For Maggie's 10th birthday, her parents allow her to rescue a puppy. But when she finds "the right one right away," she has a massive allergic reaction. Megan, why choose this as the moment Maggie finds out she has an allergy?
Lloyd: One of my strongest memories from when I first discovered my animal allergies was looking up at my mom and barely being able to see her through my swollen eyes. I really wanted to capture the shock of that moment, and how disorienting it felt. And I wanted to set up the scene in such a way that readers could immediately be drawn into how it can feel to be a kid with animal allergies. I think there's something inherently strange about being allergic to something that's so lovable, and I wanted to transport readers as fully as possible into that experience.
Michelle, was this a difficult scene to illustrate?
Nutter: For this page, I knew I wanted to capture the urgency of the moment from the start. Maggie can't see what's happening, but she can see the terrified faces of her family, so changing perspective allowed us to experience it the way she does. I can only imagine how terrifying that must be and I really wanted the reader to be placed in Maggie's shoes and empathize with her.
Megan, would you tell us a little bit about how you incorporated so much in Maggie's everyday life?
Lloyd: When I'm brainstorming plot threads for a book, my goal is for them to feel very thematically interwoven. For Allergic, I thought a lot about connection vs. disconnection. In the main conflict, Maggie feels this incredible connection with animals... but then is forcibly disconnected from them by her allergies, which even makes her feel disconnected from her own body and personality. So, for subplots I wanted situations where Maggie was experiencing connection/disconnection in different ways.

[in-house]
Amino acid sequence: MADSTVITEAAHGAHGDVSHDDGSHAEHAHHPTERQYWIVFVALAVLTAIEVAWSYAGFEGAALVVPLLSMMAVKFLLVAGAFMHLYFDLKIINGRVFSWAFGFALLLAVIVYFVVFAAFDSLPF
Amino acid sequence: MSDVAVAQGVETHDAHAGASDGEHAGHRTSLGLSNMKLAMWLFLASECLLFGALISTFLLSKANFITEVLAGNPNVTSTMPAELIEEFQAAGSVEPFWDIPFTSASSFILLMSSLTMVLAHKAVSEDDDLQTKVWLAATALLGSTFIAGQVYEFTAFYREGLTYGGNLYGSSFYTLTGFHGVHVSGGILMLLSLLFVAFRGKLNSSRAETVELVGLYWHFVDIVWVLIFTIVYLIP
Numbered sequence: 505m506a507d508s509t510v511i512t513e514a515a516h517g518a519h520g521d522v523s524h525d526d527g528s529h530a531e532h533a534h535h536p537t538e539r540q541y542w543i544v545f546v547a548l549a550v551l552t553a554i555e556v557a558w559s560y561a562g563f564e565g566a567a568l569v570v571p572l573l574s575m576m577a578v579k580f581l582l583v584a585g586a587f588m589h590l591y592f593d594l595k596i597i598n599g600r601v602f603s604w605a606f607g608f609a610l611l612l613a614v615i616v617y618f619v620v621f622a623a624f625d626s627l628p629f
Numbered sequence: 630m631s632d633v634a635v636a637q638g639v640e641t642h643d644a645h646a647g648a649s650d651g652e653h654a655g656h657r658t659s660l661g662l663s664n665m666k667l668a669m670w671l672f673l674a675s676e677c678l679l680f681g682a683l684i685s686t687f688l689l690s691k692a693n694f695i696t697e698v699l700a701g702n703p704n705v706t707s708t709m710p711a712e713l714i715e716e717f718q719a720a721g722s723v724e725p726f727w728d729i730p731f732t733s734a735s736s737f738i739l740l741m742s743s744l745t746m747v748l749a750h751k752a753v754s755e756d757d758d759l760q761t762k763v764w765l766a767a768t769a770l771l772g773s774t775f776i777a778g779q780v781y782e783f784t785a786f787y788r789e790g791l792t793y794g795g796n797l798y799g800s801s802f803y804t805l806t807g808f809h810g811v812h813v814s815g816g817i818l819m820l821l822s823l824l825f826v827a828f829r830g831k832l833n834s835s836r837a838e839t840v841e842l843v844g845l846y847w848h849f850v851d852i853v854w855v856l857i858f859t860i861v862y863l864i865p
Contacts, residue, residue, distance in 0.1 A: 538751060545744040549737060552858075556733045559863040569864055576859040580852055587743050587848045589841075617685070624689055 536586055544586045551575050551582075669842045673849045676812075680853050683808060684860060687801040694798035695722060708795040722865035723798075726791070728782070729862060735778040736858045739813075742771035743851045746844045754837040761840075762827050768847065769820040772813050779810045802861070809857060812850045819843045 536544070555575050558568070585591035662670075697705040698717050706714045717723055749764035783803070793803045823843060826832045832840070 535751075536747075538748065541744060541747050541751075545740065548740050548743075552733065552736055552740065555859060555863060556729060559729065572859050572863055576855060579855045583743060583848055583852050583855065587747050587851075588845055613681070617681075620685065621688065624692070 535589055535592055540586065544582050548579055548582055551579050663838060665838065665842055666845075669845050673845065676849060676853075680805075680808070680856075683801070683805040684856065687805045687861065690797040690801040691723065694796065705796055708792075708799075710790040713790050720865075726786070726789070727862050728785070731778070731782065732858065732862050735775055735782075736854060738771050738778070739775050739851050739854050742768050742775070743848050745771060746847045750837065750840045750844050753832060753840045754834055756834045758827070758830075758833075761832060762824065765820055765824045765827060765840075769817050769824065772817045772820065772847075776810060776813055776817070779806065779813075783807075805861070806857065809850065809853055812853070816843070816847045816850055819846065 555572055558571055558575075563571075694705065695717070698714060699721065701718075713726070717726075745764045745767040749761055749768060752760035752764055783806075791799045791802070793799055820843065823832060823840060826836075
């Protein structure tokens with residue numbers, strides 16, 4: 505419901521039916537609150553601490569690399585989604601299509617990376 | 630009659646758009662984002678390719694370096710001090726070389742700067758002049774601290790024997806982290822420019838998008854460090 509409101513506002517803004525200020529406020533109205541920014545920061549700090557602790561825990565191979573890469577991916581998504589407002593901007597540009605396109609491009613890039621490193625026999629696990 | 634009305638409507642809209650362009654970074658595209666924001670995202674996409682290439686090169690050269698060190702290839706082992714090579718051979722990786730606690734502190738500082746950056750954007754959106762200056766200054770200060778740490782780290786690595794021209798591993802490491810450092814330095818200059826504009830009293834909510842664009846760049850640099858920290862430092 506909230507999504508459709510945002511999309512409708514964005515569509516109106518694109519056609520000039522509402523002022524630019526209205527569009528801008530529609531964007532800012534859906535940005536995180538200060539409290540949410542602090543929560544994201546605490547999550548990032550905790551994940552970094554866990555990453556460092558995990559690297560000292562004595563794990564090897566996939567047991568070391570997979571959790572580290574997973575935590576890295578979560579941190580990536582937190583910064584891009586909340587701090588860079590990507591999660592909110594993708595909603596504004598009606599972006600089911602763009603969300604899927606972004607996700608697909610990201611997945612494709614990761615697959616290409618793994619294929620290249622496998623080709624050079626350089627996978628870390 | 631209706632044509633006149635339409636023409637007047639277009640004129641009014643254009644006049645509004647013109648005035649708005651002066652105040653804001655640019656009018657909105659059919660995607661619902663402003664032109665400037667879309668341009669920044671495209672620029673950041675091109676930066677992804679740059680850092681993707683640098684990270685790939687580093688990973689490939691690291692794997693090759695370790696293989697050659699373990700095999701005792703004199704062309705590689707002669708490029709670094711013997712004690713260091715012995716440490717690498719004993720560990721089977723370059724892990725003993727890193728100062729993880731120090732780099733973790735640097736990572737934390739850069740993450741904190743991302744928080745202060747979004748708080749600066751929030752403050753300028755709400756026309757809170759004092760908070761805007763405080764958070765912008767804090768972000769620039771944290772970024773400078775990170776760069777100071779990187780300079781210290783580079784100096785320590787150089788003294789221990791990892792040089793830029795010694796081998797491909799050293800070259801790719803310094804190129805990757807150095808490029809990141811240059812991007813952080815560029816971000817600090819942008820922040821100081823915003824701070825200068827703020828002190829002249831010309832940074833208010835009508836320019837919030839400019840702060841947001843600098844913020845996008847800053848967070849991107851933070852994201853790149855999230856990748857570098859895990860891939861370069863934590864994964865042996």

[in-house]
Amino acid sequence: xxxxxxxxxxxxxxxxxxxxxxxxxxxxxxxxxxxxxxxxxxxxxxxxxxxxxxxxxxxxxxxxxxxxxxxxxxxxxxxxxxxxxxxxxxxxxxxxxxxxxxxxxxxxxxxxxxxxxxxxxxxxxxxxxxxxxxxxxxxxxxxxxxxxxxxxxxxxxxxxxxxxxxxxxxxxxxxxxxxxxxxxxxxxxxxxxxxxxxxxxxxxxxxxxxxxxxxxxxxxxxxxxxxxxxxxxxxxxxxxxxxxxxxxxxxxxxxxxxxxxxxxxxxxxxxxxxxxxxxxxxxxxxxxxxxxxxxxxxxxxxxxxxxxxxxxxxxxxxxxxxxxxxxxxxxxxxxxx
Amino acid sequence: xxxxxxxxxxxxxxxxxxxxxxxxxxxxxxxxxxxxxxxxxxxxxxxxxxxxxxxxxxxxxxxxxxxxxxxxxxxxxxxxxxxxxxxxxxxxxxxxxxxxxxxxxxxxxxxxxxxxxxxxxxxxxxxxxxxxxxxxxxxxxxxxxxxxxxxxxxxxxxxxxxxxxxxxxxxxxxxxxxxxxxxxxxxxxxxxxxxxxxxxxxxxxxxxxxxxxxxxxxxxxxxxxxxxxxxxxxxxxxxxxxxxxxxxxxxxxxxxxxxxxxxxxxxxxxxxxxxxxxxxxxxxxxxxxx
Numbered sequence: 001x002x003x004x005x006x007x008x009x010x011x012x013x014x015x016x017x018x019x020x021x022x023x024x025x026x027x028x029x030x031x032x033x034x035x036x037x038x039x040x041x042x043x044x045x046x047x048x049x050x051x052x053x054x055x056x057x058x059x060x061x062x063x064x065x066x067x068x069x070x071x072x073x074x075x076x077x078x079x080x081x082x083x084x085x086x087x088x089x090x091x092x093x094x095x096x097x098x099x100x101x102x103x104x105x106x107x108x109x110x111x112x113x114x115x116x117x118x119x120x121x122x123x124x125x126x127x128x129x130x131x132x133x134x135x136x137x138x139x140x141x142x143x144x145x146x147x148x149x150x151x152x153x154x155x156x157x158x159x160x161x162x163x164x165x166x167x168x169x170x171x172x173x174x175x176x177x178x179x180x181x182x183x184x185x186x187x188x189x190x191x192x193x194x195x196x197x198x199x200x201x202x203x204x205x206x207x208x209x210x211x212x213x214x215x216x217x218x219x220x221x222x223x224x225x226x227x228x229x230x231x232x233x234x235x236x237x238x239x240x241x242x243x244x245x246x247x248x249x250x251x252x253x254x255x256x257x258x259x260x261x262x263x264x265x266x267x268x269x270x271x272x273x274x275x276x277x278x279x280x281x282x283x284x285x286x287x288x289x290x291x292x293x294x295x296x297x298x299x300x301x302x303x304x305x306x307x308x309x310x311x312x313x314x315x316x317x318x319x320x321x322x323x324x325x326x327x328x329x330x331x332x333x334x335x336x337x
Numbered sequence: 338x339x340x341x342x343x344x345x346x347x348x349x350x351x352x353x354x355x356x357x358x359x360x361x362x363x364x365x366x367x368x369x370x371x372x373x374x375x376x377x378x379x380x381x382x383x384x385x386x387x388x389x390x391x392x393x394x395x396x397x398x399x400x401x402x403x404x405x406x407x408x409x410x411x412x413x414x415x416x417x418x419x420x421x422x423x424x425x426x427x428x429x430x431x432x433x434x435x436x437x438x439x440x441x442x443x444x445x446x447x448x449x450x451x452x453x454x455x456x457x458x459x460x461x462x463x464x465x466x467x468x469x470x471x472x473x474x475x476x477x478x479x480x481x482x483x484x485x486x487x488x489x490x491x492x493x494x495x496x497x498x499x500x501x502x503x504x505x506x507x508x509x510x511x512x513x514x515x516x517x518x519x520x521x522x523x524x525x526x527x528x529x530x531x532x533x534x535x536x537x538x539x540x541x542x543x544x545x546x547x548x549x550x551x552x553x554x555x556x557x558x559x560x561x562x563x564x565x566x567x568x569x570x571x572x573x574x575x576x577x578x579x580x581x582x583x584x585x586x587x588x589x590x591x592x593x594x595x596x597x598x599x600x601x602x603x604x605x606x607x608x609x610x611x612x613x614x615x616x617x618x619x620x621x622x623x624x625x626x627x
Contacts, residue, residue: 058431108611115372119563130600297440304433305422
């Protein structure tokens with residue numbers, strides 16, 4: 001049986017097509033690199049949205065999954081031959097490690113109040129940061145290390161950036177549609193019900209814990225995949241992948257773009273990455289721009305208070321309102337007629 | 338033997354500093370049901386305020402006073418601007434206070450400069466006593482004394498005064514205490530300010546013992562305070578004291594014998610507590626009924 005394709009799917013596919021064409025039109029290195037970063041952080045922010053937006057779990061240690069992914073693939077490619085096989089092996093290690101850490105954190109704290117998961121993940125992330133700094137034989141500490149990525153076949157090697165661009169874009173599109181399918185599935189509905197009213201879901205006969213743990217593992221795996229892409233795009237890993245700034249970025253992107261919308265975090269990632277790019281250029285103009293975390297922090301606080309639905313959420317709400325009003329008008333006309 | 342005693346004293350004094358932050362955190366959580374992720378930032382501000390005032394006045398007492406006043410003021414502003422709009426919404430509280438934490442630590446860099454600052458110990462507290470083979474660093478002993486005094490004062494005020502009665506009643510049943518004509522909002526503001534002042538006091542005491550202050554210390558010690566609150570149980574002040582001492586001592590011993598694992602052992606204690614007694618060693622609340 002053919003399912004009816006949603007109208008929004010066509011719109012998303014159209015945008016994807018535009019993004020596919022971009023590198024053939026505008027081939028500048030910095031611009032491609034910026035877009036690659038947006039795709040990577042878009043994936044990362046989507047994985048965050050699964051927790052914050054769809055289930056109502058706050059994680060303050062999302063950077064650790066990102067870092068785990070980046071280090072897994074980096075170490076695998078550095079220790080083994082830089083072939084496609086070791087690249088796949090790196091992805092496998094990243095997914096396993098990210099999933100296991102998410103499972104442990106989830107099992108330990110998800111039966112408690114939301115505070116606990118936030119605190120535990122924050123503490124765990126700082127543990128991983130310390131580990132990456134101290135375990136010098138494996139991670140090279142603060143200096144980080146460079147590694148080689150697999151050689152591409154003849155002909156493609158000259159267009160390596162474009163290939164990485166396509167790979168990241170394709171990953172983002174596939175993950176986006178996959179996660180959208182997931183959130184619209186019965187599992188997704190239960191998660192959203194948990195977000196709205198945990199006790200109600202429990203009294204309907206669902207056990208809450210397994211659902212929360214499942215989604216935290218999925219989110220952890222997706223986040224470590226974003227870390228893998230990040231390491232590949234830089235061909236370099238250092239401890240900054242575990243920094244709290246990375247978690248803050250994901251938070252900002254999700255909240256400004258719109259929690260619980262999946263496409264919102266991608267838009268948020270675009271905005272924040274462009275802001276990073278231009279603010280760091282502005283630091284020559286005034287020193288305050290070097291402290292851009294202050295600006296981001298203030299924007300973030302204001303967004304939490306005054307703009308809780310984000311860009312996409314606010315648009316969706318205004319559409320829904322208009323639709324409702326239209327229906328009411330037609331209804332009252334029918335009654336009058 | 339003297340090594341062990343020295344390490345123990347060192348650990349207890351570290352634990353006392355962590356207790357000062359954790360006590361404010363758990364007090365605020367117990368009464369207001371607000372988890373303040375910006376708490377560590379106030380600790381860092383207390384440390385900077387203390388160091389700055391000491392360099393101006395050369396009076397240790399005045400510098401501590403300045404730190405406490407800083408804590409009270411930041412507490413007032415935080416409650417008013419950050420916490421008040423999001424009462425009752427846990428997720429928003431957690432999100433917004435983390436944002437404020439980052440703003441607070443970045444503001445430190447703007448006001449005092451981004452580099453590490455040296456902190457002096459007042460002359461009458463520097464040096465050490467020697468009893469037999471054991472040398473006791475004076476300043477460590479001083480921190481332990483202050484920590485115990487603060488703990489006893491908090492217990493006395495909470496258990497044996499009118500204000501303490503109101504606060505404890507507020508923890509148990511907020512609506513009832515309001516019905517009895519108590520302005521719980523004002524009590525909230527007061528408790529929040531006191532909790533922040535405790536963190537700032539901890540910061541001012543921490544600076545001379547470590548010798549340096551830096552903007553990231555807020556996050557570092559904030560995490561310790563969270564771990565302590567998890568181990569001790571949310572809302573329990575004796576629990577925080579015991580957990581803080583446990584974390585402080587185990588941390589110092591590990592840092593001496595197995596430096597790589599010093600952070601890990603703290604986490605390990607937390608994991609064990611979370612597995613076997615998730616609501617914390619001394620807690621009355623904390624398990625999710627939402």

I also loved the visual of Maggie's first day of school: from panel to panel, she gets smaller and smaller until she's barely the size of a puppy herself.
Nutter: This was a really fun page to draw. I remember going through a few iterations of this because we wanted to really get that feeling right. We kept pushing her smaller to drive home that anxious feeling every kid knows. I have to hand it to our wonderful editor, Cassandra, for all the help in moments like this. There were a few pages where I pushed deeper because of our notes and I'm so grateful for that.
Megan, how did it feel to see Michelle's art bring your characters to life?
Lloyd: It felt incredible seeing Michelle bring her imagination and visual storytelling to the script. The interesting thing is that when we put our pitch together, I thought her art was so great... and then in creating the book it just got better and better! I'm still so thrilled and appreciative that she took on the project, as illustrating a graphic novel is a truly herculean task.
Who do you hope will read this book?
Lloyd: I hope that kids with allergies will read this book and feel seen, and kids without allergies will read it and feel more empathetic. And, overall, that all readers will be inspired by Maggie's resiliency in the face of unexpected challenges.
Nutter: I hope that kids with allergies will have a book that mirrors the real struggles that they face. All kids struggle with friendships and finding yourself, and I would love for Maggie to inspire them. --Siân Gaetano, children's and YA editor, Shelf Awareness